Sabring the gunners there,
Charging an army, while
All the world wondered.
Plunged in the battery-smoke
Right through the line they broke;
Cossack and Russian
Reeled from the sabre stroke
Shattered and sundered.
Then they rode back, but not
Not the six hundred.

Cannon to right of them,
Cannon to left of them,
Cannon behind them
Volleyed and thundered;
Stormed at with shot and shell,
While horse and hero fell.
They that had fought so well
Came through the jaws of Death,
Back from the mouth of hell,
All that was left of them,
Left of six hundred.

When can their glory fade?
O the wild charge they made!
All the world wondered.
Honour the charge they made!
Honour the Light Brigade,
Noble six hundred!

I think that probably no human being can demand that kind of unquestioning allegiance from another person. But this is what Christ demands of us, and he is no ordinary human being. He is the second person of the Trinity. He is God himself. When he calls us to follow him, even if it means to a life of suffering and death, our response is “Our’s not to reason why, our’s not to question why, our’s but to do and die” in allegiance to the Lord who calls us. In other words, I think it is very important that we keep in mind that the Christian life is not a bowl of cherries. God hasn’t promised us an easy life. For some of us he will call us to a life of pain, suffering, and hardship. Jerry’s Charlotte would be a wonderful example with the pain that she suffered all her life. Romans 8:28 says that all things work together for good to those who love God. But that verse goes on to say that it may well be that that good doesn’t occur until the afterlife. It is those that he predestined, he called, and justified, and glorified. So that good may not actually appear within this earthly life. It may only be when the crown is bestowed in heaven that those who have experienced terrible suffering will finally have the good that crowns what they have born.

Paul the apostle understood this, too. Paul was similarly called to a life of incredible suffering in his work as an apostle. In 2 Corinthians 12:8-10 he says this, speaking of the thorn in the flesh that he had asked God three times that it should be taken away:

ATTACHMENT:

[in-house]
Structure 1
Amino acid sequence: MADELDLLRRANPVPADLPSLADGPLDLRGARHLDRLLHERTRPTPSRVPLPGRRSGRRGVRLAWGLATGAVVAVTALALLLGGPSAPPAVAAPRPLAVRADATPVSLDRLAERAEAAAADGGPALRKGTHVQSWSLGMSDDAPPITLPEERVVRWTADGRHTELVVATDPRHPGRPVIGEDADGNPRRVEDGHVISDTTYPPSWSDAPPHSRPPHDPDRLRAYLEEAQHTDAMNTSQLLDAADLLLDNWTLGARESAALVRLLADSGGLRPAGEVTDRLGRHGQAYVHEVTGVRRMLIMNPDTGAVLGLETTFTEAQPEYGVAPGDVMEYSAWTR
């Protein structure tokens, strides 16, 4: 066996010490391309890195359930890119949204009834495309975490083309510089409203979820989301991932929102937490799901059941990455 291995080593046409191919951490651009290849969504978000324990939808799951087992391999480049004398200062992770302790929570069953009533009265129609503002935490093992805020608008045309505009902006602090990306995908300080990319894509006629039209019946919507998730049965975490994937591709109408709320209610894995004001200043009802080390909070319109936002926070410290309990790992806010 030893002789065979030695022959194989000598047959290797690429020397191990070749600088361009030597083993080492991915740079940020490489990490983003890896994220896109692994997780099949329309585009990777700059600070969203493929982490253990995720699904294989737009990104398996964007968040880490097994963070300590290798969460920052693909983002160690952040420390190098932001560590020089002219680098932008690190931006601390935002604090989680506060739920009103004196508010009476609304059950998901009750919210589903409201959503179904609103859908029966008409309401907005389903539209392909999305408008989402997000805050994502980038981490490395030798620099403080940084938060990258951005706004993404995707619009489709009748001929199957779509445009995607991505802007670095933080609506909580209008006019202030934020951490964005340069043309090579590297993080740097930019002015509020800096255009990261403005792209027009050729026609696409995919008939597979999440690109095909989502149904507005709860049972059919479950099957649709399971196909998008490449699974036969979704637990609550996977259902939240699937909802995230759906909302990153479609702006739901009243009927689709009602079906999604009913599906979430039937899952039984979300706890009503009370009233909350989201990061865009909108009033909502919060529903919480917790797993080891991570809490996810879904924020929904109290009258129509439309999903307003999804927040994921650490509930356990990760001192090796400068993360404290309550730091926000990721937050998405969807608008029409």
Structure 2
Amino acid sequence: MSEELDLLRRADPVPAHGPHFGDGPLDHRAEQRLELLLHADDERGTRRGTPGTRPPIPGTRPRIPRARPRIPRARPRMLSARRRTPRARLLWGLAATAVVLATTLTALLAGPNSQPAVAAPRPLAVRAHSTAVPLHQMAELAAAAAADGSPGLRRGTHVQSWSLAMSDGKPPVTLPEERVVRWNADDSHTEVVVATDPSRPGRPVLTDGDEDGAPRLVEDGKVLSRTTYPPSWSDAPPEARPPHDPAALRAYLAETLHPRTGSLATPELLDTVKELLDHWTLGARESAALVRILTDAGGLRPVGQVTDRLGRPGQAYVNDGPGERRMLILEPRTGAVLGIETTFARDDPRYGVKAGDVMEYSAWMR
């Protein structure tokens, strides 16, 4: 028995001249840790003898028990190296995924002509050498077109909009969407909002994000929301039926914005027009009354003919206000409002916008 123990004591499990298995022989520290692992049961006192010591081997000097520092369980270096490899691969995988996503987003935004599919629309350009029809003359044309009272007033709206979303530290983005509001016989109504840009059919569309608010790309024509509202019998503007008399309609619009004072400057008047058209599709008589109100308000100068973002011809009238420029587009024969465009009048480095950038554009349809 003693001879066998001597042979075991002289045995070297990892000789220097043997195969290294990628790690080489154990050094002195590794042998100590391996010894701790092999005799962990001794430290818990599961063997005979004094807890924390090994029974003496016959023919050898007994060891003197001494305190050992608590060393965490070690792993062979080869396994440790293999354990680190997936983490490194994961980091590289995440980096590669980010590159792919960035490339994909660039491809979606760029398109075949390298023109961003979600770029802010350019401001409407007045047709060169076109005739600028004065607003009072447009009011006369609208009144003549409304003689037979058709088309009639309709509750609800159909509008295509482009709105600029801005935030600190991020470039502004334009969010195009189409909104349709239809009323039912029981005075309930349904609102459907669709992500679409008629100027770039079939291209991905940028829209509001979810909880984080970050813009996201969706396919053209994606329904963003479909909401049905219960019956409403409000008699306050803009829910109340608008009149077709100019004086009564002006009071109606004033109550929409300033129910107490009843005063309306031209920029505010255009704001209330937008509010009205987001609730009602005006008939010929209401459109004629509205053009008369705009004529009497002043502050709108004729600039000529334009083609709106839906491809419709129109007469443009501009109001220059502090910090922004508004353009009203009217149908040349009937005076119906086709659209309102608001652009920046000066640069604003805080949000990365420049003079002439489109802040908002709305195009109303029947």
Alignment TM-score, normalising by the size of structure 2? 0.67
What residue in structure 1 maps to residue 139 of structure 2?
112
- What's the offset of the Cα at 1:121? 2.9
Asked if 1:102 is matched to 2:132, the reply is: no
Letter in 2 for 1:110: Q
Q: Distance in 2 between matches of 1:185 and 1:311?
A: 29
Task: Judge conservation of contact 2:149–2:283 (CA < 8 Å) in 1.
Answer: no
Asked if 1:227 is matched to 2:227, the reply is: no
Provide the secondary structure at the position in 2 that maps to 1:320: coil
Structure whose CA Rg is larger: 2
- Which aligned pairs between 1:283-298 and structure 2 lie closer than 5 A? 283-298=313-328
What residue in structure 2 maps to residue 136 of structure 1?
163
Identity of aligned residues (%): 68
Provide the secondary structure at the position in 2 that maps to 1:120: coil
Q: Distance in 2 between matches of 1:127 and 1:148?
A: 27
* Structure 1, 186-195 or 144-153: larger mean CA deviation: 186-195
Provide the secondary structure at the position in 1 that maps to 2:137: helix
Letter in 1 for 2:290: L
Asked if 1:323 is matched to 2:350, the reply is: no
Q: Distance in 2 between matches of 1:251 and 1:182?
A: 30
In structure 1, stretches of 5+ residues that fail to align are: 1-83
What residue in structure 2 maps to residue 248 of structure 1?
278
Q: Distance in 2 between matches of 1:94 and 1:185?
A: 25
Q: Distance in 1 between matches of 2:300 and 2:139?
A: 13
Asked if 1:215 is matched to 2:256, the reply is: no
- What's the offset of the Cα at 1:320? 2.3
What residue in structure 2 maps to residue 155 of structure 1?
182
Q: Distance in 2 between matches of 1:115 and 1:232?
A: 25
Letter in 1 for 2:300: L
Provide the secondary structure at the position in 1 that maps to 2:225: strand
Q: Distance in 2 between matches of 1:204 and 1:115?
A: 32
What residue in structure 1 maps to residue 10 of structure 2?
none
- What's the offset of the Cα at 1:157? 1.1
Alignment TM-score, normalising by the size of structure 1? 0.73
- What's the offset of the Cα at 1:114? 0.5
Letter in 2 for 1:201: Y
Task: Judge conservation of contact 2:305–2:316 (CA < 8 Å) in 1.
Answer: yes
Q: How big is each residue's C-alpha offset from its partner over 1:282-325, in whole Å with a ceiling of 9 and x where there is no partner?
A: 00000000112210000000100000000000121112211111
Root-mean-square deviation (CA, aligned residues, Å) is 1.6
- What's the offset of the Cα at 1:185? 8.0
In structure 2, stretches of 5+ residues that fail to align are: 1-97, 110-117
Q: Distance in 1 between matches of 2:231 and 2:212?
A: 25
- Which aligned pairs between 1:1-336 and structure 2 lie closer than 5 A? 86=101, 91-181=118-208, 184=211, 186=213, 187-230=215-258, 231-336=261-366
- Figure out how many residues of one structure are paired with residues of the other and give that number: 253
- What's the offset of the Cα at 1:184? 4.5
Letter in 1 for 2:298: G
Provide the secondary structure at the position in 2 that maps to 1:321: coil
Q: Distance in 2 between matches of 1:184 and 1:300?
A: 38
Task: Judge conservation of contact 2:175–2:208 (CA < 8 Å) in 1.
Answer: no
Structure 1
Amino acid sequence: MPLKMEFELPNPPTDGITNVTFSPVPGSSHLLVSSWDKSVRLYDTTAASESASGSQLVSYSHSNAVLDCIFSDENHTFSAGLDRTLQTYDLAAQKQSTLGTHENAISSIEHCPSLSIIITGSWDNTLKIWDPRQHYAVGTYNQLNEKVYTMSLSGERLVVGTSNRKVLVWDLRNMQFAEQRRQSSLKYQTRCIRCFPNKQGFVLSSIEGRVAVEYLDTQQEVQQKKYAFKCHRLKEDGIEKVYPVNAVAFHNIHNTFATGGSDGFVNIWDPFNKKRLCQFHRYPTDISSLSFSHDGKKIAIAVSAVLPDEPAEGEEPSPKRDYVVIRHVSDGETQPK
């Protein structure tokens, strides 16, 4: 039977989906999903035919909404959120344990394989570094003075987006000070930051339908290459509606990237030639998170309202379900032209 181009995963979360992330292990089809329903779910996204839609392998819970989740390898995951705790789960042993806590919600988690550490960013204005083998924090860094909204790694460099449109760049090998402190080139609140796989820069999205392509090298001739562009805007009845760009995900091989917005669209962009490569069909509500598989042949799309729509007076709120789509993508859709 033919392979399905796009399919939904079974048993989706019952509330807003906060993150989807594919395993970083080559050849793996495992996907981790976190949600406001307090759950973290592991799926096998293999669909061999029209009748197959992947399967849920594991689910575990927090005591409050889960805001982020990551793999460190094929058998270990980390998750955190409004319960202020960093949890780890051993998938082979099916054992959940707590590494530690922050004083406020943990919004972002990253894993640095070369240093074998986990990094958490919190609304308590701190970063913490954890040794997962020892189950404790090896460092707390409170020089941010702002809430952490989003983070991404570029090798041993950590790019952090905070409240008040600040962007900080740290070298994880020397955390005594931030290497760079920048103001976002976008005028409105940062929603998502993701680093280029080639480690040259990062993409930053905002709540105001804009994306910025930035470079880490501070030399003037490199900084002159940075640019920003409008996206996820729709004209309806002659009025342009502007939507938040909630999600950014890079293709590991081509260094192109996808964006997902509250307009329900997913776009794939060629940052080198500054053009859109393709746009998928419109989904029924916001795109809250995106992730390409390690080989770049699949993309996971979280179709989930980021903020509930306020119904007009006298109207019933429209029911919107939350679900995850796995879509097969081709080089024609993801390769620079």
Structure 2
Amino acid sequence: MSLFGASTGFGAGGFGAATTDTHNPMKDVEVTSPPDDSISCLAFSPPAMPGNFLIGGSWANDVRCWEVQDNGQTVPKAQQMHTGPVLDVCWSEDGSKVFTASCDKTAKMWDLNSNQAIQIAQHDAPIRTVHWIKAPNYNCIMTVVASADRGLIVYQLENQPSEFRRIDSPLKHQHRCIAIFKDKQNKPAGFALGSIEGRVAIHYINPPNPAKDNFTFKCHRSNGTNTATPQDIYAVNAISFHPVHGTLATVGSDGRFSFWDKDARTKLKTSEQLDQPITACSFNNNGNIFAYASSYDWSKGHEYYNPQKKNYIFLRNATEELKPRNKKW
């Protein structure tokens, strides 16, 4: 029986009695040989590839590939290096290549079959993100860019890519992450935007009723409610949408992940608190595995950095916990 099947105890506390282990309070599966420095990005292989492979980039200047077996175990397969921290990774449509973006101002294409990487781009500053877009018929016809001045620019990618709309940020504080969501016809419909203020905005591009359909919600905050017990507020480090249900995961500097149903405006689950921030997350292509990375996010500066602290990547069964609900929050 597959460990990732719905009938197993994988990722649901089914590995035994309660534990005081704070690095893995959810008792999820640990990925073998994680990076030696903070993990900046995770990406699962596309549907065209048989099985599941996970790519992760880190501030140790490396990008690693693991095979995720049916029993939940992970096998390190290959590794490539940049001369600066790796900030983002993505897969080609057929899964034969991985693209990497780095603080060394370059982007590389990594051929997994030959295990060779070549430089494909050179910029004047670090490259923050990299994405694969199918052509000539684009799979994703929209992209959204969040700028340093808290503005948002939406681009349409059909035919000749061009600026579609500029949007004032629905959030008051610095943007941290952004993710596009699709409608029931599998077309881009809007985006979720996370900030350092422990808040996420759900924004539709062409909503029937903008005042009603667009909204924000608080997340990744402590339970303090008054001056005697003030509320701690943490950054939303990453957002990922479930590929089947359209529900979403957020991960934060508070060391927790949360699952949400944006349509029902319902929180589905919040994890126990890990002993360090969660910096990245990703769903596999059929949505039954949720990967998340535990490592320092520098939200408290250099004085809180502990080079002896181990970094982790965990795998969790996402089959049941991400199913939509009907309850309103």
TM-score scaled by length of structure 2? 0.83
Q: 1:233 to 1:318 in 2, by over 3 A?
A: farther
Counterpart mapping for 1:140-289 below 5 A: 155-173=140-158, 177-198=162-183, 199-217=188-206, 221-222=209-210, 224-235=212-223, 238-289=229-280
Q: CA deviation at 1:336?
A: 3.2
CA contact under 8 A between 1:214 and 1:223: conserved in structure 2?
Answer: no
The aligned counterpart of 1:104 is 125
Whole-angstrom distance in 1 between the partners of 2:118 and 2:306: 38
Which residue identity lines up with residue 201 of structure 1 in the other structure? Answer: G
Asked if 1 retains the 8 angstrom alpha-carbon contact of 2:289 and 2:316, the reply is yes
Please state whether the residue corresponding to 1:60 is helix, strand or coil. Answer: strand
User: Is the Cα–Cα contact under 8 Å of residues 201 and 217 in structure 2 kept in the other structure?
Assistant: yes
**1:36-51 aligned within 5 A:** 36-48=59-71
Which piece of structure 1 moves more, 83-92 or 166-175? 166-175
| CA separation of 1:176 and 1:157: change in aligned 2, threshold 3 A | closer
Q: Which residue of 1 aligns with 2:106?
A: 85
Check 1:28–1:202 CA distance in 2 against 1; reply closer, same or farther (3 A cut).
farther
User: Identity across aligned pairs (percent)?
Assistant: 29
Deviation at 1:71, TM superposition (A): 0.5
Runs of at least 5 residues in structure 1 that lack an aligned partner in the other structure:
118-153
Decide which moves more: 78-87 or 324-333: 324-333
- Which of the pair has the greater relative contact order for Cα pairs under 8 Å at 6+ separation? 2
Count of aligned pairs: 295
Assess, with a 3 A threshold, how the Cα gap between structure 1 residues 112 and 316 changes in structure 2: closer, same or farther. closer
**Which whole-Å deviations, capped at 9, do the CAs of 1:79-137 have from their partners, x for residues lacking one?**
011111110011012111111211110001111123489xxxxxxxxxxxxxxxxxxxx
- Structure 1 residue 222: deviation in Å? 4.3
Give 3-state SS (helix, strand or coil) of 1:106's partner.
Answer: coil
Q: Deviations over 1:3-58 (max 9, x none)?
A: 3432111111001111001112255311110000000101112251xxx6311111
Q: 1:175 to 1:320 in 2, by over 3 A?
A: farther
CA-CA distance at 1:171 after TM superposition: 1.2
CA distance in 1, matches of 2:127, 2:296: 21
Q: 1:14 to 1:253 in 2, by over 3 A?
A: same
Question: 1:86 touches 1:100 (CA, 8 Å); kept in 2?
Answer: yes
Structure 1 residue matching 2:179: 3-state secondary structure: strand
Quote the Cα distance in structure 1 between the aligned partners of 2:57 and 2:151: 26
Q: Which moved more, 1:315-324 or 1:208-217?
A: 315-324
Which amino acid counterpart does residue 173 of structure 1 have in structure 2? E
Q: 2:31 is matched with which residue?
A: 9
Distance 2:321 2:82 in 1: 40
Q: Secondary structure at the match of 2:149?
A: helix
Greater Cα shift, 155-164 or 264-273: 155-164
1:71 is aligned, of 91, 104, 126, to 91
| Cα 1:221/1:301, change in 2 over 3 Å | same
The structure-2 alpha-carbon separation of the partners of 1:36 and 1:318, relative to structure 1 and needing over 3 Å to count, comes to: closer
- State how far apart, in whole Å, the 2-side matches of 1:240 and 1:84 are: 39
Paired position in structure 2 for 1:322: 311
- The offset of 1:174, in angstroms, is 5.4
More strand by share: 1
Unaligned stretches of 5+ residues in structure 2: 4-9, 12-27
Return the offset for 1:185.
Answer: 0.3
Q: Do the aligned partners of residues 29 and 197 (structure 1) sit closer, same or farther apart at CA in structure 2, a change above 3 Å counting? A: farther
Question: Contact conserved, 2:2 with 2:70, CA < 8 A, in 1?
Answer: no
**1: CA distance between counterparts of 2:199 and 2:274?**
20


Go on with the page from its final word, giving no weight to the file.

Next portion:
But he [the Lord] said to me, “My grace is sufficient for you, for my power is made perfect in weakness.” I will all the more gladly boast of my weaknesses, that the power of Christ may rest upon me. For the sake of Christ, then, I am content with weaknesses, insults, hardships, persecutions, and calamities; for when I am weak, then I am strong.

Paul knew that the power of Christ was all the more evident in him during those times of weakness. So in 2 Corinthians 4:16-18 Paul is able to say this:

So we do not lose heart. Though our outer nature is wasting away, our inner nature is being renewed every day. For this slight momentary affliction is preparing for us an eternal weight of glory beyond all comparison, because we look not to the things that are seen but to the things that are unseen; for the things that are seen are transient, but the things that are unseen are eternal.

Paul understood that the sufferings of this life are only to be understood in the perspective of eternity. In light of the eternal good that he will crown us with in heaven, the sufferings of this life, Paul says, are like a slight momentary affliction that can be born until we go home to be with Christ in glory.

This is the kind of unquestioning commitment that Christ demanded of Peter and that he demands of us. Notice that this personal commitment that he demands, he demands regardless of what happens to the other guy. Peter in this story in John 21 turns around and sees the beloved disciple and says, “Lord, what about this man?” And Jesus says to him, “If it is my will that he remain until I come, what is that to you? You follow me.” We must not look at other Christians who have easier lives than we do who aren’t afflicted in similar ways, who don’t have the defeats and suffering that we do. Christ’s message to us is “What is that to you? If it is my will, you follow me.”

So I think this is really a wonderful message that we have from this resurrection appearance story by the Sea of Tiberius. It tells us that apart from Christ we are powerless, without him we can do nothing. But with Christ by his power within us we can do all things, as Paul said, through Christ who strengthens me. We need to give Christ our first love. If he allows us, or if he even should call us, to suffer or to experience failure or defeat in life, regardless of how the other guy has it or how easy others' lot in life may be, his summons to us remains the same: follow me.

[Closing prayer][9]



[1] 5:01

[2] 9:54

[3] 15:00

[4] 20:06

[5] 25:05

[6] 30:03

[7] 35:01

[8] 39:55

[9] Total Running Time: 48:52 (Copyright © 2008 William Lane Craig)